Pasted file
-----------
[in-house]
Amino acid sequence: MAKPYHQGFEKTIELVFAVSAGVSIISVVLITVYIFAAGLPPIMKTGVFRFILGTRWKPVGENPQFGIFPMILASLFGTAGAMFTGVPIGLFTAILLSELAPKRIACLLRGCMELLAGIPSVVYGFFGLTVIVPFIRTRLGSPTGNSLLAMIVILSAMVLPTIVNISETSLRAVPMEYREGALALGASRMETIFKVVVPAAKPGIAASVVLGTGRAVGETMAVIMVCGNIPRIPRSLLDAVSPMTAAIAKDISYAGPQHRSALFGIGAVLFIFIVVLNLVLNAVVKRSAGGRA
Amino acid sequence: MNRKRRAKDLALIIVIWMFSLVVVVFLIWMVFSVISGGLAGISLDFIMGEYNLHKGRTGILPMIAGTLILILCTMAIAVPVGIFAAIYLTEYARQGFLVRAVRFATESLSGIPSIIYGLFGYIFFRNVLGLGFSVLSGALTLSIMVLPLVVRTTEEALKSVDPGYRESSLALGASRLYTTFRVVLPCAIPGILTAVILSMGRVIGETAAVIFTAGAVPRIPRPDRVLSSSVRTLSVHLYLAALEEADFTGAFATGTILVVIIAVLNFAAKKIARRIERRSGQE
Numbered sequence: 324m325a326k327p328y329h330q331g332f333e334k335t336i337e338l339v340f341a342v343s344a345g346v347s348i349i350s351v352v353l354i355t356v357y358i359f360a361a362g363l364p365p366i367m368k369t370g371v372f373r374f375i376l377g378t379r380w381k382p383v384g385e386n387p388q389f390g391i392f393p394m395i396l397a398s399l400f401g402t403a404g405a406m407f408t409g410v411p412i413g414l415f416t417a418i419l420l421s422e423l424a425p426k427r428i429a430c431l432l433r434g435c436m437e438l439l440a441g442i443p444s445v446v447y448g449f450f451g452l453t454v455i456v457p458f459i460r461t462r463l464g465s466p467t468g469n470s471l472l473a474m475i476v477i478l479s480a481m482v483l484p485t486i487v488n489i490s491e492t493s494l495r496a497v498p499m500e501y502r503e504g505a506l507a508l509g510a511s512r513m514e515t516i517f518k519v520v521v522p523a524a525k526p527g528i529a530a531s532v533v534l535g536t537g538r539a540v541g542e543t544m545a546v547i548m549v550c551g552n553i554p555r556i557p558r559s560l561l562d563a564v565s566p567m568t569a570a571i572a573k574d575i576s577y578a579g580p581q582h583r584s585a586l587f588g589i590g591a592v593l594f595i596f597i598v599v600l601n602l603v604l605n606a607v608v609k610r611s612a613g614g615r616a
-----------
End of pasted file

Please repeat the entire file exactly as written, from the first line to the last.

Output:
[in-house]
Amino acid sequence: MAKPYHQGFEKTIELVFAVSAGVSIISVVLITVYIFAAGLPPIMKTGVFRFILGTRWKPVGENPQFGIFPMILASLFGTAGAMFTGVPIGLFTAILLSELAPKRIACLLRGCMELLAGIPSVVYGFFGLTVIVPFIRTRLGSPTGNSLLAMIVILSAMVLPTIVNISETSLRAVPMEYREGALALGASRMETIFKVVVPAAKPGIAASVVLGTGRAVGETMAVIMVCGNIPRIPRSLLDAVSPMTAAIAKDISYAGPQHRSALFGIGAVLFIFIVVLNLVLNAVVKRSAGGRA
Amino acid sequence: MNRKRRAKDLALIIVIWMFSLVVVVFLIWMVFSVISGGLAGISLDFIMGEYNLHKGRTGILPMIAGTLILILCTMAIAVPVGIFAAIYLTEYARQGFLVRAVRFATESLSGIPSIIYGLFGYIFFRNVLGLGFSVLSGALTLSIMVLPLVVRTTEEALKSVDPGYRESSLALGASRLYTTFRVVLPCAIPGILTAVILSMGRVIGETAAVIFTAGAVPRIPRPDRVLSSSVRTLSVHLYLAALEEADFTGAFATGTILVVIIAVLNFAAKKIARRIERRSGQE
Numbered sequence: 324m325a326k327p328y329h330q331g332f333e334k335t336i337e338l339v340f341a342v343s344a345g346v347s348i349i350s351v352v353l354i355t356v357y358i359f360a361a362g363l364p365p366i367m368k369t370g371v372f373r374f375i376l377g378t379r380w381k382p383v384g385e386n387p388q389f390g391i392f393p394m395i396l397a398s399l400f401g402t403a404g405a406m407f408t409g410v411p412i413g414l415f416t417a418i419l420l421s422e423l424a425p426k427r428i429a430c431l432l433r434g435c436m437e438l439l440a441g442i443p444s445v446v447y448g449f450f451g452l453t454v455i456v457p458f459i460r461t462r463l464g465s466p467t468g469n470s471l472l473a474m475i476v477i478l479s480a481m482v483l484p485t486i487v488n489i490s491e492t493s494l495r496a497v498p499m500e501y502r503e504g505a506l507a508l509g510a511s512r513m514e515t516i517f518k519v520v521v522p523a524a525k526p527g528i529a530a531s532v533v534l535g536t537g538r539a540v541g542e543t544m545a546v547i548m549v550c551g552n553i554p555r556i557p558r559s560l561l562d563a564v565s566p567m568t569a570a571i572a573k574d575i576s577y578a579g580p581q582h583r584s585a586l587f588g589i590g591a592v593l594f595i596f597i598v599v600l601n602l603v604l605n606a607v608v609k610r611s612a613g614g615r616a